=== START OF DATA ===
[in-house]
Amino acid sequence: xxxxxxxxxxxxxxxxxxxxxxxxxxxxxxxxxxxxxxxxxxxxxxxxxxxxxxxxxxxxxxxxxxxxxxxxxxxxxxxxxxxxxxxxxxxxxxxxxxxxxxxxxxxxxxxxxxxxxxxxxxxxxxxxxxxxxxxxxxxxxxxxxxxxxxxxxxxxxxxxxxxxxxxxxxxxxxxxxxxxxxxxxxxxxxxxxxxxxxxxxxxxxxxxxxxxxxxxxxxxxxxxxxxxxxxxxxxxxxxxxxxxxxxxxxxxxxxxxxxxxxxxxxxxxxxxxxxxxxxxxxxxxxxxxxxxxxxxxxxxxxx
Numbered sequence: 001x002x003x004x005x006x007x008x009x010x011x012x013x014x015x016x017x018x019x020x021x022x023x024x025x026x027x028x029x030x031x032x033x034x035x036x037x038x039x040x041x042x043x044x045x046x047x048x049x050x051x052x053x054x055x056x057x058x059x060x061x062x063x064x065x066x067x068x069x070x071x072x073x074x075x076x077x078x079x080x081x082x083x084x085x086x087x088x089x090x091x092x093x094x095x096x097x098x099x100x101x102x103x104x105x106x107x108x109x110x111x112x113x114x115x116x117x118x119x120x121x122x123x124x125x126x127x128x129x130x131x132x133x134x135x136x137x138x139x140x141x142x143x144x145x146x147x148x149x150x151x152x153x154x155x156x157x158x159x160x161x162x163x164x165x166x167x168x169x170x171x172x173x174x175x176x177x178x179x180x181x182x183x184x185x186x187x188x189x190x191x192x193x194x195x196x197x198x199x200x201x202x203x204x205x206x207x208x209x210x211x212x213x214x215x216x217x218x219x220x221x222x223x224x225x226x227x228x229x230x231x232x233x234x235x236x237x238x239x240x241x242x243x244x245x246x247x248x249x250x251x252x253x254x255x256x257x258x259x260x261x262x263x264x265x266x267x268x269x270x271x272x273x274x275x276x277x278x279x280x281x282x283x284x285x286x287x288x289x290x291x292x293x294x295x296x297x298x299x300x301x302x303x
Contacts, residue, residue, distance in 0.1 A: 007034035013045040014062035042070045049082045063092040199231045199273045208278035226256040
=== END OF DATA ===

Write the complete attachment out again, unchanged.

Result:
[in-house]
Amino acid sequence: xxxxxxxxxxxxxxxxxxxxxxxxxxxxxxxxxxxxxxxxxxxxxxxxxxxxxxxxxxxxxxxxxxxxxxxxxxxxxxxxxxxxxxxxxxxxxxxxxxxxxxxxxxxxxxxxxxxxxxxxxxxxxxxxxxxxxxxxxxxxxxxxxxxxxxxxxxxxxxxxxxxxxxxxxxxxxxxxxxxxxxxxxxxxxxxxxxxxxxxxxxxxxxxxxxxxxxxxxxxxxxxxxxxxxxxxxxxxxxxxxxxxxxxxxxxxxxxxxxxxxxxxxxxxxxxxxxxxxxxxxxxxxxxxxxxxxxxxxxxxxxx
Numbered sequence: 001x002x003x004x005x006x007x008x009x010x011x012x013x014x015x016x017x018x019x020x021x022x023x024x025x026x027x028x029x030x031x032x033x034x035x036x037x038x039x040x041x042x043x044x045x046x047x048x049x050x051x052x053x054x055x056x057x058x059x060x061x062x063x064x065x066x067x068x069x070x071x072x073x074x075x076x077x078x079x080x081x082x083x084x085x086x087x088x089x090x091x092x093x094x095x096x097x098x099x100x101x102x103x104x105x106x107x108x109x110x111x112x113x114x115x116x117x118x119x120x121x122x123x124x125x126x127x128x129x130x131x132x133x134x135x136x137x138x139x140x141x142x143x144x145x146x147x148x149x150x151x152x153x154x155x156x157x158x159x160x161x162x163x164x165x166x167x168x169x170x171x172x173x174x175x176x177x178x179x180x181x182x183x184x185x186x187x188x189x190x191x192x193x194x195x196x197x198x199x200x201x202x203x204x205x206x207x208x209x210x211x212x213x214x215x216x217x218x219x220x221x222x223x224x225x226x227x228x229x230x231x232x233x234x235x236x237x238x239x240x241x242x243x244x245x246x247x248x249x250x251x252x253x254x255x256x257x258x259x260x261x262x263x264x265x266x267x268x269x270x271x272x273x274x275x276x277x278x279x280x281x282x283x284x285x286x287x288x289x290x291x292x293x294x295x296x297x298x299x300x301x302x303x
Contacts, residue, residue, distance in 0.1 A: 007034035013045040014062035042070045049082045063092040199231045199273045208278035226256040